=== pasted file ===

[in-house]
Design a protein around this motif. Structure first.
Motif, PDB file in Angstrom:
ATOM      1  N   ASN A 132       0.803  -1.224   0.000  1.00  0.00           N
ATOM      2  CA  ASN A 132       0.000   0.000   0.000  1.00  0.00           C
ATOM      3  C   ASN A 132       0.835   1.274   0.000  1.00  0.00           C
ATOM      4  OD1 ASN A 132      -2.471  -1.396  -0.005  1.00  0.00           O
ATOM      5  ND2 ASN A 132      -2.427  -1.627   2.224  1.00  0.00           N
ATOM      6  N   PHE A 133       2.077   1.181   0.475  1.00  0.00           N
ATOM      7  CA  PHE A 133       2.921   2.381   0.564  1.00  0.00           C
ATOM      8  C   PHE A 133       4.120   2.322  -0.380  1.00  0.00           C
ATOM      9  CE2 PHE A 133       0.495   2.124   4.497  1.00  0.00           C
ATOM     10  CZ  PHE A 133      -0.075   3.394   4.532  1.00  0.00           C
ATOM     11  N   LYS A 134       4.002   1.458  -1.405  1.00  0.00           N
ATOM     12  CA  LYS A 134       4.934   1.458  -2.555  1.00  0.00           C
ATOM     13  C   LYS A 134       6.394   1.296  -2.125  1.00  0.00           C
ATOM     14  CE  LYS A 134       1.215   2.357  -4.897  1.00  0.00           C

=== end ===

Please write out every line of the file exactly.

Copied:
[in-house]
Design a protein around this motif. Structure first.
Motif, PDB file in Angstrom:
ATOM      1  N   ASN A 132       0.803  -1.224   0.000  1.00  0.00           N
ATOM      2  CA  ASN A 132       0.000   0.000   0.000  1.00  0.00           C
ATOM      3  C   ASN A 132       0.835   1.274   0.000  1.00  0.00           C
ATOM      4  OD1 ASN A 132      -2.471  -1.396  -0.005  1.00  0.00           O
ATOM      5  ND2 ASN A 132      -2.427  -1.627   2.224  1.00  0.00           N
ATOM      6  N   PHE A 133       2.077   1.181   0.475  1.00  0.00           N
ATOM      7  CA  PHE A 133       2.921   2.381   0.564  1.00  0.00           C
ATOM      8  C   PHE A 133       4.120   2.322  -0.380  1.00  0.00           C
ATOM      9  CE2 PHE A 133       0.495   2.124   4.497  1.00  0.00           C
ATOM     10  CZ  PHE A 133      -0.075   3.394   4.532  1.00  0.00           C
ATOM     11  N   LYS A 134       4.002   1.458  -1.405  1.00  0.00           N
ATOM     12  CA  LYS A 134       4.934   1.458  -2.555  1.00  0.00           C
ATOM     13  C   LYS A 134       6.394   1.296  -2.125  1.00  0.00           C
ATOM     14  CE  LYS A 134       1.215   2.357  -4.897  1.00  0.00           C